Brands Can (Still) Strike Gold With Generation X

I’m a Gen Xer, and I’m feeling a little abandoned. Not by family or friends, but by marketers.

The problem is that Generation X is the unsexy cohort stuck between the much larger (and wealthier) Baby Boomer generation and the super-cool, market-making Millennial crowd. In 2014, Pew described us as “America’s neglected middle child.” And if I needed any more evidence, Google search data confirms how infrequently my generation shows up in conversations. It’s sad.

But is it? Are brands missing something? The answer is unquestionably yes. Seventy-five percent of Gen Xers earn more than Baby Boomers did when they were the same age. We earn more than Millennials per capita, and we will enjoy the highest increase in share of national wealth over the next decade.

With this in mind, here are five lenses through which marketers might look at Gen X to find growth.

1. Examine per capita performance: First, note that Gen X is a smaller group than either of its neighboring generations. For this reason, a brand should consider not only the absolute number of buyers and total sales potential, but also per capita measures. In a recent analysis for a CPG client, I found that the 35 to 54 age group spent 17% more per household on the brand than did the average household. Depending on your cost to acquire a new customer, campaigns that exclude Gen Xers could be leaving profit behind.

2. Take advantage of favorable economics: Gen Xers are now entering our peak earning and spending years. The Bureau of Labor Statistics reports that Gen X has the highest income and retail expenditures of any age cohort, and Goldman Sachs says Gen X accounts for 31% of total consumer spending versus its 20% share of the U.S. population. In other words, Gen Xers are making money and spending more than their fair share.

3. Look at your brand’s category: Gen Xers prioritize spending on housing, education, childcare, and family travel. We lean away from buying new automobiles. Older Gen Xers will soon begin to consider retirement planning, which bodes well for healthcare and financial services companies. In fact, once the Baby Boomers make their way through the system, Deloitte notes that Gen X will account for 31% of total U.S. net wealth by 2030, becoming the big new fee opportunity in the financial services sector.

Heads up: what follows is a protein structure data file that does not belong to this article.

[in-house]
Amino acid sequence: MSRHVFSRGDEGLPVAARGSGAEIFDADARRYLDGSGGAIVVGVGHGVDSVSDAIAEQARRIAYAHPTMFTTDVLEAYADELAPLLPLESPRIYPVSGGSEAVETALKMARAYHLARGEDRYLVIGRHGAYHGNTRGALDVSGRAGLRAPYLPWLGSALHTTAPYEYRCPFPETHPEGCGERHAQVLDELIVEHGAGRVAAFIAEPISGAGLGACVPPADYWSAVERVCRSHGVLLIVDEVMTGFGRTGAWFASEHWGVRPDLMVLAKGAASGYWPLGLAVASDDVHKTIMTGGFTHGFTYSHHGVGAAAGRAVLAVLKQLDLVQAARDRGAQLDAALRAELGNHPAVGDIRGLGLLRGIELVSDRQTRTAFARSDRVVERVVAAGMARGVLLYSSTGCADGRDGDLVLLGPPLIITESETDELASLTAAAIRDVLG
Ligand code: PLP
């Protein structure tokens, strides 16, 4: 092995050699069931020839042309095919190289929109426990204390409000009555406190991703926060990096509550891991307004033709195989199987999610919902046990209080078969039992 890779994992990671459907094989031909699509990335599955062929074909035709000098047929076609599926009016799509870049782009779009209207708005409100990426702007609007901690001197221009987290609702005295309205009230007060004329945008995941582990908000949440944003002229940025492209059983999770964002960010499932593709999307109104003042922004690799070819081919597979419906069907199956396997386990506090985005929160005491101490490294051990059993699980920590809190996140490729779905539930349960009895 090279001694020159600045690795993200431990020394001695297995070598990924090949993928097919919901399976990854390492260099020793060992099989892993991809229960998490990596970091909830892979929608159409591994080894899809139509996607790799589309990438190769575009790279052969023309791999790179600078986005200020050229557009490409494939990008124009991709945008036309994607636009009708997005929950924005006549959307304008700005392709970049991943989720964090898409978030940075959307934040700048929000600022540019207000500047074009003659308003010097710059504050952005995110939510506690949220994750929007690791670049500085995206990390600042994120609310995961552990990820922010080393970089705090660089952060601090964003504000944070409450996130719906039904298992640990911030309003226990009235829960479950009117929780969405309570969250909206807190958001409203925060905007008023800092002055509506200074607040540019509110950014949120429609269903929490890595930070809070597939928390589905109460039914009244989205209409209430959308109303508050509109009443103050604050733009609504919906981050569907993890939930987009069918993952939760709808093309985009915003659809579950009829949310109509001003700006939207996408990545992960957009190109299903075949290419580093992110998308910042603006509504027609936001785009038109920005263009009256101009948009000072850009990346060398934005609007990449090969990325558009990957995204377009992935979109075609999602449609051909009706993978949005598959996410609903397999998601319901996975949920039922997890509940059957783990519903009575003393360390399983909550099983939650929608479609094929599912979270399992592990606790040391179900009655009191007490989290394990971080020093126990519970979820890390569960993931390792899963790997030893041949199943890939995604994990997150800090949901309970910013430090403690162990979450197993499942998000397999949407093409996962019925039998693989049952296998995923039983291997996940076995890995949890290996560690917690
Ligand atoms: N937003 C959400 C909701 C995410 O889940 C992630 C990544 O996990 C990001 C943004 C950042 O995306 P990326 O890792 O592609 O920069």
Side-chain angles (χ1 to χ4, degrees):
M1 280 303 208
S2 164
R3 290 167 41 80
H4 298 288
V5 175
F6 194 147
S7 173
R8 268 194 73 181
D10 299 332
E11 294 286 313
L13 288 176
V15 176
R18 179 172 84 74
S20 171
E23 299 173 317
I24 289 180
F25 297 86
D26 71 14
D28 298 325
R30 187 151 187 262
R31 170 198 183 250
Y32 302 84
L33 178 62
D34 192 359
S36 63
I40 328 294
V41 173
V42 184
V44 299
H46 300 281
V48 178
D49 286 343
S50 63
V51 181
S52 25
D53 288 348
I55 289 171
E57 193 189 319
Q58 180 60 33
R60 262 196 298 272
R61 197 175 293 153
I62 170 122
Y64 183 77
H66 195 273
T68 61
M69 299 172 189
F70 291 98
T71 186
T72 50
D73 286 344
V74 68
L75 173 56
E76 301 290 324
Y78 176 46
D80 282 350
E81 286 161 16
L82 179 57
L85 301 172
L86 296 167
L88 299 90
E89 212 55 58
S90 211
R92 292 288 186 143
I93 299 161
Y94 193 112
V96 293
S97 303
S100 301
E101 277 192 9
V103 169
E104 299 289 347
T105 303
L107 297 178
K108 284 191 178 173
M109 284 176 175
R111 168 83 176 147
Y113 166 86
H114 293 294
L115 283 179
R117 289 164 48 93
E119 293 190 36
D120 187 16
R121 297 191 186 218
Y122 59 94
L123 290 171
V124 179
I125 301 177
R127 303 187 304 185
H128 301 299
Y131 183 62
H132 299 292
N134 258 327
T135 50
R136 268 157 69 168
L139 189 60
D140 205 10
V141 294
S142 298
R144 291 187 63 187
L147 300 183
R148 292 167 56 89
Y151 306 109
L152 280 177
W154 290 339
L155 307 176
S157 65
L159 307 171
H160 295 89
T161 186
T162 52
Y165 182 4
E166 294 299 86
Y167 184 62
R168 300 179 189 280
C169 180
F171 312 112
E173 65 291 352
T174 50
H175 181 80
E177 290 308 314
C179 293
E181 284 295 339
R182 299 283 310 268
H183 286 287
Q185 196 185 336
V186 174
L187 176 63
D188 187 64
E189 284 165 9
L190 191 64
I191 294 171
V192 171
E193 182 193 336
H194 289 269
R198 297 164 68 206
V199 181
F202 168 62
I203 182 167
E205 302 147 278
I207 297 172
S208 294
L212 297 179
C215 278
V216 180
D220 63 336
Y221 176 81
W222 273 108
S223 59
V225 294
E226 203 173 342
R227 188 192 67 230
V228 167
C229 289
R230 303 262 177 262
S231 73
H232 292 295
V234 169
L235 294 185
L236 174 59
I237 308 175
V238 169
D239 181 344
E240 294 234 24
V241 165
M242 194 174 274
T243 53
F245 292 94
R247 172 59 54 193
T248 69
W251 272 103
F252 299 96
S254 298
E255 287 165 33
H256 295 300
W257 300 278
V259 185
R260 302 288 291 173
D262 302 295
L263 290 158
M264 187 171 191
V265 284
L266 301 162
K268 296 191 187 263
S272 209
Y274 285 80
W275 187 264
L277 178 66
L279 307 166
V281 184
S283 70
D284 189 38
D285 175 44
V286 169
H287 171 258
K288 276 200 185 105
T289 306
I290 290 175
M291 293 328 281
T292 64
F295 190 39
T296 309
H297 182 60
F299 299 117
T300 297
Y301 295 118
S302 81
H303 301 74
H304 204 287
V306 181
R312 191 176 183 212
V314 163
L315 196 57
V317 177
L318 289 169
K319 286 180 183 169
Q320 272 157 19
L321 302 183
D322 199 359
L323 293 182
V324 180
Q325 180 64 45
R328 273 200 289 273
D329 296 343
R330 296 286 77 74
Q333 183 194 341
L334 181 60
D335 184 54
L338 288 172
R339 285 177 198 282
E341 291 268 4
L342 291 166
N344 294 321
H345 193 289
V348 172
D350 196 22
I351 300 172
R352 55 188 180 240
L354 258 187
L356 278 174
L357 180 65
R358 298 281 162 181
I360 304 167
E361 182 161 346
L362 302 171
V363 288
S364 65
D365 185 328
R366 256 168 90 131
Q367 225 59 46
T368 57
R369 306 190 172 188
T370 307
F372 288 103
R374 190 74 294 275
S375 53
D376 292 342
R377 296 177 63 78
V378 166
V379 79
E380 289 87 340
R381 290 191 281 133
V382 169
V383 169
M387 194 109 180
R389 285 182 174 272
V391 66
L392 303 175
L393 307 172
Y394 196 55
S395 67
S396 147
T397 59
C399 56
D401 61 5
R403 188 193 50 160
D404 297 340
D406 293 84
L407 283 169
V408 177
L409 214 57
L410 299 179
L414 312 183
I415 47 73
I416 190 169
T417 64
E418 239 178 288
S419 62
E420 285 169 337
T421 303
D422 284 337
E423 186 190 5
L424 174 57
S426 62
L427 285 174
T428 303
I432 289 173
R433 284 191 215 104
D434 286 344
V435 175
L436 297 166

4. Disaggregate: Driven in part by declining birth rates and an increase in immigration in the 1960s, Gen X is an ethnically and racially diverse group. Forty percent of Gen Xers are non-white, for example, and we are the most dispersed cohort in terms of income and wealth distribution. A one-flavor approach will not work. My recommendation is that marketers apply a data-informed behavioral targeting strategy that enables “always on” measurement and refinement of advertising placement and messaging. WPP and Spotify have a partnership, for example, that uses listeners’ moods, activities, preferences, and purchase behavior to fuel better campaign planning and more relevant creative delivered at just the right moment.

5. Plan for long-term success: Some experts say that brand loyalty among Gen X is high. This could be because they are time-starved, active professionals who seek to minimize search and transaction costs. Whatever the cause, the fact that many of us are the decision-makers for both our parents and our own children indicates that brands that ignore us are missing out. Brands that earn the Gen Xer’s trust today—with values that matter deeply to us, such as authenticity and sincerity—will reap the benefits for years to come.

In summary, we Gen Xers are practical people at the peak of our careers. We are making money, spending money, and influencing the decisions of the generations both before and after our own. We might just be the “x factor” that brands need—and it sure would be nice to be talked about again.

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